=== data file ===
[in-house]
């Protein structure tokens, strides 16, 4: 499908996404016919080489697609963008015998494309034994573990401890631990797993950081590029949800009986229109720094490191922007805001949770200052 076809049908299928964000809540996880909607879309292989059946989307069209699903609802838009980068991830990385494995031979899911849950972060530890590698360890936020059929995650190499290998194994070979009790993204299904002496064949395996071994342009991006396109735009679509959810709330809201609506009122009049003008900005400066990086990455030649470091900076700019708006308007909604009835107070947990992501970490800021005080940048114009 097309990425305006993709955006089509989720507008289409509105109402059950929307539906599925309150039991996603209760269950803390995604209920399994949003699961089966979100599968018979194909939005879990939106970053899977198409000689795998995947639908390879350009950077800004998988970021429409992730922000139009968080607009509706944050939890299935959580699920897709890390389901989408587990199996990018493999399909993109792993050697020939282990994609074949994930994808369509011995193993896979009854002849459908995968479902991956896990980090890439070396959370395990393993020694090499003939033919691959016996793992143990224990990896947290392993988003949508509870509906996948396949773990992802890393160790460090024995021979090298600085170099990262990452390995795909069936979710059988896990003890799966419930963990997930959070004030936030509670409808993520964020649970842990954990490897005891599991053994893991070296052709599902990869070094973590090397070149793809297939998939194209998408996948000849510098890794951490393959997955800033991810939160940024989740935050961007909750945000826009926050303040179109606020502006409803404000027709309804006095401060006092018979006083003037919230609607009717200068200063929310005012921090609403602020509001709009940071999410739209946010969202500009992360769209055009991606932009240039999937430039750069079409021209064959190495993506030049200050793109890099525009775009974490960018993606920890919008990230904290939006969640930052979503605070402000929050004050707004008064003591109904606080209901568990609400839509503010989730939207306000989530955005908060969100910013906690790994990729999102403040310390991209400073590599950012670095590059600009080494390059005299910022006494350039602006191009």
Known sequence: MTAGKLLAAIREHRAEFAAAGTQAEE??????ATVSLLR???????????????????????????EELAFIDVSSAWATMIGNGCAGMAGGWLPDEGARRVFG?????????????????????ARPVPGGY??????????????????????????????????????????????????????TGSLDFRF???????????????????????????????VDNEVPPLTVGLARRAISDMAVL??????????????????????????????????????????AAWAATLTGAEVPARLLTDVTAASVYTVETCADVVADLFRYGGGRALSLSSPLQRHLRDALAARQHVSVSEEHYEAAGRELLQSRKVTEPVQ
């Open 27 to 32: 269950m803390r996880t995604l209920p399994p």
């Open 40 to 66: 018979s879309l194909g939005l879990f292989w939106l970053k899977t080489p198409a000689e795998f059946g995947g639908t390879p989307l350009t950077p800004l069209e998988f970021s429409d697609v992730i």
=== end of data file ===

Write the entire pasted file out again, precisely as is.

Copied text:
[in-house]
């Protein structure tokens, strides 16, 4: 499908996404016919080489697609963008015998494309034994573990401890631990797993950081590029949800009986229109720094490191922007805001949770200052 076809049908299928964000809540996880909607879309292989059946989307069209699903609802838009980068991830990385494995031979899911849950972060530890590698360890936020059929995650190499290998194994070979009790993204299904002496064949395996071994342009991006396109735009679509959810709330809201609506009122009049003008900005400066990086990455030649470091900076700019708006308007909604009835107070947990992501970490800021005080940048114009 097309990425305006993709955006089509989720507008289409509105109402059950929307539906599925309150039991996603209760269950803390995604209920399994949003699961089966979100599968018979194909939005879990939106970053899977198409000689795998995947639908390879350009950077800004998988970021429409992730922000139009968080607009509706944050939890299935959580699920897709890390389901989408587990199996990018493999399909993109792993050697020939282990994609074949994930994808369509011995193993896979009854002849459908995968479902991956896990980090890439070396959370395990393993020694090499003939033919691959016996793992143990224990990896947290392993988003949508509870509906996948396949773990992802890393160790460090024995021979090298600085170099990262990452390995795909069936979710059988896990003890799966419930963990997930959070004030936030509670409808993520964020649970842990954990490897005891599991053994893991070296052709599902990869070094973590090397070149793809297939998939194209998408996948000849510098890794951490393959997955800033991810939160940024989740935050961007909750945000826009926050303040179109606020502006409803404000027709309804006095401060006092018979006083003037919230609607009717200068200063929310005012921090609403602020509001709009940071999410739209946010969202500009992360769209055009991606932009240039999937430039750069079409021209064959190495993506030049200050793109890099525009775009974490960018993606920890919008990230904290939006969640930052979503605070402000929050004050707004008064003591109904606080209901568990609400839509503010989730939207306000989530955005908060969100910013906690790994990729999102403040310390991209400073590599950012670095590059600009080494390059005299910022006494350039602006191009």
Known sequence: MTAGKLLAAIREHRAEFAAAGTQAEE??????ATVSLLR???????????????????????????EELAFIDVSSAWATMIGNGCAGMAGGWLPDEGARRVFG?????????????????????ARPVPGGY??????????????????????????????????????????????????????TGSLDFRF???????????????????????????????VDNEVPPLTVGLARRAISDMAVL??????????????????????????????????????????AAWAATLTGAEVPARLLTDVTAASVYTVETCADVVADLFRYGGGRALSLSSPLQRHLRDALAARQHVSVSEEHYEAAGRELLQSRKVTEPVQ
């Open 27 to 32: 269950m803390r996880t995604l209920p399994p």
């Open 40 to 66: 018979s879309l194909g939005l879990f292989w939106l970053k899977t080489p198409a000689e795998f059946g995947g639908t390879p989307l350009t950077p800004l069209e998988f970021s429409d697609v992730i």